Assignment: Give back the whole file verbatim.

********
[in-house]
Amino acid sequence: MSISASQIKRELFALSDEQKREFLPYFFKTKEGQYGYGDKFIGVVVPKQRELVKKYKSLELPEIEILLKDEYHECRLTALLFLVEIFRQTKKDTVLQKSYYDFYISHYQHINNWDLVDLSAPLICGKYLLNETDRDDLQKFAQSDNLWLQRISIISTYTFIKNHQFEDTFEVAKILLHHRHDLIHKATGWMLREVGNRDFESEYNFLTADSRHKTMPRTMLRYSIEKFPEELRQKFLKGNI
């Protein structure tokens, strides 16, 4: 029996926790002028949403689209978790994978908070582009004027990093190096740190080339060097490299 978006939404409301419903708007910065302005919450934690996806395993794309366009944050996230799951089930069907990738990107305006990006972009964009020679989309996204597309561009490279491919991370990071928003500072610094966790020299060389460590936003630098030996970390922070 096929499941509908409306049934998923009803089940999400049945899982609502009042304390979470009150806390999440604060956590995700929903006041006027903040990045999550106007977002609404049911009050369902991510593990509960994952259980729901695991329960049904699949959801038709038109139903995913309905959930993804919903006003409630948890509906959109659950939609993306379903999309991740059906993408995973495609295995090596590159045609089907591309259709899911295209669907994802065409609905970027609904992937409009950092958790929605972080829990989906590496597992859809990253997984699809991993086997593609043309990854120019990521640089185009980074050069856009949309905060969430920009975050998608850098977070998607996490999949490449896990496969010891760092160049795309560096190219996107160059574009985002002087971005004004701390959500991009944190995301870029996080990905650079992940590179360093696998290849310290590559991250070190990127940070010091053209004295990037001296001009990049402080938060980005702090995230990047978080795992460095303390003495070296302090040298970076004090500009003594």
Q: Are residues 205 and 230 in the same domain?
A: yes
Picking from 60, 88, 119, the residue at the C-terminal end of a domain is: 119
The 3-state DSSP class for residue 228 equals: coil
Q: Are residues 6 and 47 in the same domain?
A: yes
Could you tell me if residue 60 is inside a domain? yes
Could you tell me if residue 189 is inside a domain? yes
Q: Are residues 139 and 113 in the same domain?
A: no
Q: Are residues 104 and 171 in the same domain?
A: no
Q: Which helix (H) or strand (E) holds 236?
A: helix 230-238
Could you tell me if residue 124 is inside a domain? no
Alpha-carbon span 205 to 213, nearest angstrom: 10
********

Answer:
[in-house]
Amino acid sequence: MSISASQIKRELFALSDEQKREFLPYFFKTKEGQYGYGDKFIGVVVPKQRELVKKYKSLELPEIEILLKDEYHECRLTALLFLVEIFRQTKKDTVLQKSYYDFYISHYQHINNWDLVDLSAPLICGKYLLNETDRDDLQKFAQSDNLWLQRISIISTYTFIKNHQFEDTFEVAKILLHHRHDLIHKATGWMLREVGNRDFESEYNFLTADSRHKTMPRTMLRYSIEKFPEELRQKFLKGNI
């Protein structure tokens, strides 16, 4: 029996926790002028949403689209978790994978908070582009004027990093190096740190080339060097490299 978006939404409301419903708007910065302005919450934690996806395993794309366009944050996230799951089930069907990738990107305006990006972009964009020679989309996204597309561009490279491919991370990071928003500072610094966790020299060389460590936003630098030996970390922070 096929499941509908409306049934998923009803089940999400049945899982609502009042304390979470009150806390999440604060956590995700929903006041006027903040990045999550106007977002609404049911009050369902991510593990509960994952259980729901695991329960049904699949959801038709038109139903995913309905959930993804919903006003409630948890509906959109659950939609993306379903999309991740059906993408995973495609295995090596590159045609089907591309259709899911295209669907994802065409609905970027609904992937409009950092958790929605972080829990989906590496597992859809990253997984699809991993086997593609043309990854120019990521640089185009980074050069856009949309905060969430920009975050998608850098977070998607996490999949490449896990496969010891760092160049795309560096190219996107160059574009985002002087971005004004701390959500991009944190995301870029996080990905650079992940590179360093696998290849310290590559991250070190990127940070010091053209004295990037001296001009990049402080938060980005702090995230990047978080795992460095303390003495070296302090040298970076004090500009003594």
Q: Are residues 205 and 230 in the same domain?
A: yes
Picking from 60, 88, 119, the residue at the C-terminal end of a domain is: 119
The 3-state DSSP class for residue 228 equals: coil
Q: Are residues 6 and 47 in the same domain?
A: yes
Could you tell me if residue 60 is inside a domain? yes
Could you tell me if residue 189 is inside a domain? yes
Q: Are residues 139 and 113 in the same domain?
A: no
Q: Are residues 104 and 171 in the same domain?
A: no
Q: Which helix (H) or strand (E) holds 236?
A: helix 230-238
Could you tell me if residue 124 is inside a domain? no
Alpha-carbon span 205 to 213, nearest angstrom: 10